Contact lenses to get built-in virtual graphics
2009-11-13 0:00

By Vijaysree Venkatraman | NewScientist.com

A contact lens that harvests radio waves to power an LED is paving the way for a new kind of display. The lens is a prototype of a device that could display information beamed from a mobile device.

Realising that display size is increasingly a constraint in mobile devices, Babak Parviz at the University of Washington, in Seattle, hit on the idea of projecting images into the eye from a contact lens.

One of the limitations of current head-up displays is their limited field of view. A contact lens display can have a much wider field of view. "Our hope is to create images that effectively float in front of the user perhaps 50 cm to 1 m away," says Parviz.


The lens uses nanoscale and microscale electronic technology and is powered remotely by harvesting radio waves(Image: Babak Parviz/University of Washington)

His research involves embedding nanoscale and microscale electronic devices in substrates like paper or plastic. He also wears contact lenses. "It was a matter of putting the two together," he says.

Fitting a contact lens with circuitry is challenging. The polymer cannot withstand the temperatures or chemicals used in large-scale microfabrication, Parviz explains. So, some components – the power-harvesting circuitry and the micro light-emitting diode – had to be made separately, encased in a biocompatible material and then placed into crevices carved into the lens.

One obvious problem is powering such a device. The circuitry requires 330 microwatts but doesn't need a battery. Instead, a loop antenna picks up power beamed from a nearby radio source. The team has tested the lens by fitting it to a rabbit.

Parviz says that future versions will be able to harvest power from a user's cell phone, perhaps as it beams information to the lens. They will also have more pixels and an array of microlenses to focus the image so that it appears suspended in front of the wearer's eyes.

Despite the limited space available, each component can be integrated into the lens without obscuring the wearer's view, the researchers claim. As to what kinds of images can be viewed on this screen, the possibilities seem endless. Examples include subtitles when conversing with a foreign-language speaker, directions in unfamiliar territory and captioned photographs. The lens could also serve as a head-up display for pilots or gamers.

Mark Billinghurst, director of the Human Interface Technology Laboratory, in Christchurch, New Zealand, is impressed with the work. "A contact lens that allows virtual graphics to be seamlessly overlaid on the real world could provide a compelling augmented reality experience," he says. This prototype is an important first step in that direction, though it may be years before the lens becomes commercially available, he adds.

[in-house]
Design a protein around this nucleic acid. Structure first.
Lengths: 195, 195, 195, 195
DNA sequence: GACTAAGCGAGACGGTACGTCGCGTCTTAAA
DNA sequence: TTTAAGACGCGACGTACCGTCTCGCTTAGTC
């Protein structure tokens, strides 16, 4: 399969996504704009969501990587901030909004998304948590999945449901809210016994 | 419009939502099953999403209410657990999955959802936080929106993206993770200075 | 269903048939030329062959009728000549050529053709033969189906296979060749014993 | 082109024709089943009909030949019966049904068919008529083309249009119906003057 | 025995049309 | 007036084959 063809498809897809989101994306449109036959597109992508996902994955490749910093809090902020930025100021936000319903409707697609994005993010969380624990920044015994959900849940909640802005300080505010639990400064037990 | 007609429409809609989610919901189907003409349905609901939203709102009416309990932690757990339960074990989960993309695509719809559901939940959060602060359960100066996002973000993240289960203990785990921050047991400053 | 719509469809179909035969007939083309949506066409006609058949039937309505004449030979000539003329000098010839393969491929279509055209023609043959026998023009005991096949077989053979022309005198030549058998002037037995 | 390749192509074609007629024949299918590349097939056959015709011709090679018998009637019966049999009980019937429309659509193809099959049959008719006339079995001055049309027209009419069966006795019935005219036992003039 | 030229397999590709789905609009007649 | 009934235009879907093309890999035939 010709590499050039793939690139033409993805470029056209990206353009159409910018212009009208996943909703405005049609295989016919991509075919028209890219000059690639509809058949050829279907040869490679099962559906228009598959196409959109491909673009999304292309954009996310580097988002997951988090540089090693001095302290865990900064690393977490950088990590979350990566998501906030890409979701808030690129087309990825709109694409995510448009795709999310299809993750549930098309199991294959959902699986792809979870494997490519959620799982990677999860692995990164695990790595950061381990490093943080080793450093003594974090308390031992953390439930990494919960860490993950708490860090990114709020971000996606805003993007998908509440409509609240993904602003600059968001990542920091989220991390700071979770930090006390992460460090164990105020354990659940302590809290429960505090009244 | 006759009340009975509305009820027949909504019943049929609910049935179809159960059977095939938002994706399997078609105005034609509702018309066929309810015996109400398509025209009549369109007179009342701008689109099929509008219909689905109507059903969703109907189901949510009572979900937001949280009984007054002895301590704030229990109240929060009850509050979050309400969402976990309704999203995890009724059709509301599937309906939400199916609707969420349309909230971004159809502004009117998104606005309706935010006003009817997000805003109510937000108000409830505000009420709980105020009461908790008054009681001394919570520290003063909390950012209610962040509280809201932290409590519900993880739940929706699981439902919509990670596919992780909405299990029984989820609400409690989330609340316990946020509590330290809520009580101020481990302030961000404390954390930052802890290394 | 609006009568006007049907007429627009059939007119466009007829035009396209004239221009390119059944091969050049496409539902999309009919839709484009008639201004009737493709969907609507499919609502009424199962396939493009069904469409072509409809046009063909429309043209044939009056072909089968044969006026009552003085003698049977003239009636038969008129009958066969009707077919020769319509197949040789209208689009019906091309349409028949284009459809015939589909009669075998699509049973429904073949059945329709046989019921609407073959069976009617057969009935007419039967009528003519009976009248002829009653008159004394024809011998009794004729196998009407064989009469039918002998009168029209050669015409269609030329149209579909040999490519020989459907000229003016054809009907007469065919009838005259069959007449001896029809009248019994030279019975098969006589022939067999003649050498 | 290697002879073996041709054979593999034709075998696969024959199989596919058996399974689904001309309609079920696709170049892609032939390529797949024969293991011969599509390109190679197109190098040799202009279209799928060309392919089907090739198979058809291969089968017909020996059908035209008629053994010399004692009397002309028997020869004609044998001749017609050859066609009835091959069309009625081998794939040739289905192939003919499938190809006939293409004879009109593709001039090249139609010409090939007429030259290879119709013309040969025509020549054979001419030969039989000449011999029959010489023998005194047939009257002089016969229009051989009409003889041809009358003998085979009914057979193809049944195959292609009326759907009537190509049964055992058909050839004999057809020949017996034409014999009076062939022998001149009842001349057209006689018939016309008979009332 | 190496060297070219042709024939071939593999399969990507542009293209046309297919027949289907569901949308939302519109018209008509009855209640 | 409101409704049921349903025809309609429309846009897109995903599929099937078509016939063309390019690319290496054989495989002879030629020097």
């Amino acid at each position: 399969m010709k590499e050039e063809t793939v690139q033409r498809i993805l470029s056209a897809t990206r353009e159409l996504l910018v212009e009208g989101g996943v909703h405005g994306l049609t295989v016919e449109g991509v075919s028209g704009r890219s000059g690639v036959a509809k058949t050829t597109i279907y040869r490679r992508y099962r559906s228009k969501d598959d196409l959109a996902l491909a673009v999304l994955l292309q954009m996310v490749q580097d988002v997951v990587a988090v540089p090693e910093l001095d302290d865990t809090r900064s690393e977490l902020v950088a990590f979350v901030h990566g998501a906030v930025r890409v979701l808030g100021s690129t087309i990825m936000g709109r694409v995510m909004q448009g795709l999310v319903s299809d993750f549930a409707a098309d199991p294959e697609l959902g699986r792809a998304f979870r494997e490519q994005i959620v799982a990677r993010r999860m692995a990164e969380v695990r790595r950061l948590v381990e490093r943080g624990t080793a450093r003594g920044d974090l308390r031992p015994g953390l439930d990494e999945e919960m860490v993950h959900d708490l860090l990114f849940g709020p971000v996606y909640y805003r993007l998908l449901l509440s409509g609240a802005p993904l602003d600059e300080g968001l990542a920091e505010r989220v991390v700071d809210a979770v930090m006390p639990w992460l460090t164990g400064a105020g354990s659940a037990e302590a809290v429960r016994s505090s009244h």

The University of Washington team will present their prototype at the Biomedical Circuits and Systems (BioCas 2009) conference at Beijing later this month.

Article from: NewScientist.com



Related Articles
Magnetic contact lenses
Human Interface Technology Lab - Website
Psychic computer that can read people's minds developed
Is Quantum Mechanics Controlling Your Thoughts?
The 'telepathy' chip, turn on the TV using the power of thought
'We'll be able to upload our brains to a computer'
Influencing Human Cognition: US Electromagnetic Weapons and Human Rights
Next-generation toys read brain waves


Latest News from our Front Page

School Textbook: “There’s No Such Thing as Reverse Racism” Only White People can be Racist
2015-03-03 2:14
Only white people can be racist. A school textbook teaches students that “there is no such thing as reverse racism” and that women can never be as sexist as men. The passage, which appears to be taken from a “multicultural education series” book entitled Is Everyone Equal, states, “STOP: There is no such thing as reverse racism or reverse sexism (or the ...
Americans to Receive Full Biometric Treatment for all Forms of European Travel
2015-03-02 23:39
Travel becomes truly ominous... In a trend that isn't wholly surprising, EU Observer reports: US citizens and other non-EU nationals who enter Europe will be asked to have their faces image-captured and fingerprints scanned upon arrival at a half-dozen major airports. [emphasis added] This "biometric dragnet" is the pilot test for the EU's new "smart borders" packages. The test ...
Breaking: Google gives new meaning to “Orwellian”
2015-03-02 18:14
Becomes Ministry of Truth “…if all records told the same tale — then the lie passed into history and became truth.” (1984, George Orwell) The New Scientist has the stunning story (2/28/15, “Google wants to rank websites based on facts not links,” by Hal Hodson): “THE internet is stuffed with garbage. Anti-vaccination websites make the front page of Google, and fact-free ‘news’ stories ...
Boris Nemtsov, Putin Foe, Is Shot Dead in Shadow of Kremlin - A Staged Shooting?
2015-02-28 22:37
NY Times: Boris Nemtsov, Putin Foe, Is Shot Dead in Shadow of Kremlin Mr. Nemtsov, a former first deputy prime minister of Russia, was killed in central Moscow in the highest-profile assassination in Russia during the tenure of President Vladimir V. Putin. A Staged Shooting? ... Why does the dead body of fitness enthusiast Boris Nemtsov have a pot belly? The Anti-New York Times doesn't ...
Spielberg's Hoax - The Last Days of The Big Lie
2015-02-28 20:18
Editor's Note: This is an absolutely SHOCKING video. How this has gone largely unchallenged for such a long time, is a remarkable testimony to the trustworthiness of gullible but good-hearted people. Watch it all the way to the end and learn something new about the remarkable lies and falsehood in our world. If the video is blocked in your country, see ...
More News »